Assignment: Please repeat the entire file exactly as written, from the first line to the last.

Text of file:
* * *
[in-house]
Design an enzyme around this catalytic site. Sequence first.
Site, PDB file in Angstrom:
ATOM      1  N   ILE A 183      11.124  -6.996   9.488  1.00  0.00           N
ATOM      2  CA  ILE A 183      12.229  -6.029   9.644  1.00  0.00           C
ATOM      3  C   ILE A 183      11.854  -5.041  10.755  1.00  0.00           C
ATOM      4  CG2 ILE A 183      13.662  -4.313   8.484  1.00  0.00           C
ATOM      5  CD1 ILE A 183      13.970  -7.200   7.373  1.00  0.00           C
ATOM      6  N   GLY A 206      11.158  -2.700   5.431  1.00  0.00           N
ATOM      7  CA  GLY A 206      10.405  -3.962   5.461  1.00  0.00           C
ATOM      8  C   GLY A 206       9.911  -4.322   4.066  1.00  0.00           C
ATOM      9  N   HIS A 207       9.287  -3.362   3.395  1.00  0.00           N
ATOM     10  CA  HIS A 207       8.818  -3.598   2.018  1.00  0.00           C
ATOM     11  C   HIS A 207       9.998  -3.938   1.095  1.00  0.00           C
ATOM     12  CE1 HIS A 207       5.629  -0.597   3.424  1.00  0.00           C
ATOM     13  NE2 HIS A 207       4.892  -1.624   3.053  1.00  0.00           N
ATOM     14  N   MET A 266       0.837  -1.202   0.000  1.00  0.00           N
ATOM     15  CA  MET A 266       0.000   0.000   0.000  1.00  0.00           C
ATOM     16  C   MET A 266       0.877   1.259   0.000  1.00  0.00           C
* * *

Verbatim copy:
[in-house]
Design an enzyme around this catalytic site. Sequence first.
Site, PDB file in Angstrom:
ATOM      1  N   ILE A 183      11.124  -6.996   9.488  1.00  0.00           N
ATOM      2  CA  ILE A 183      12.229  -6.029   9.644  1.00  0.00           C
ATOM      3  C   ILE A 183      11.854  -5.041  10.755  1.00  0.00           C
ATOM      4  CG2 ILE A 183      13.662  -4.313   8.484  1.00  0.00           C
ATOM      5  CD1 ILE A 183      13.970  -7.200   7.373  1.00  0.00           C
ATOM      6  N   GLY A 206      11.158  -2.700   5.431  1.00  0.00           N
ATOM      7  CA  GLY A 206      10.405  -3.962   5.461  1.00  0.00           C
ATOM      8  C   GLY A 206       9.911  -4.322   4.066  1.00  0.00           C
ATOM      9  N   HIS A 207       9.287  -3.362   3.395  1.00  0.00           N
ATOM     10  CA  HIS A 207       8.818  -3.598   2.018  1.00  0.00           C
ATOM     11  C   HIS A 207       9.998  -3.938   1.095  1.00  0.00           C
ATOM     12  CE1 HIS A 207       5.629  -0.597   3.424  1.00  0.00           C
ATOM     13  NE2 HIS A 207       4.892  -1.624   3.053  1.00  0.00           N
ATOM     14  N   MET A 266       0.837  -1.202   0.000  1.00  0.00           N
ATOM     15  CA  MET A 266       0.000   0.000   0.000  1.00  0.00           C
ATOM     16  C   MET A 266       0.877   1.259   0.000  1.00  0.00           C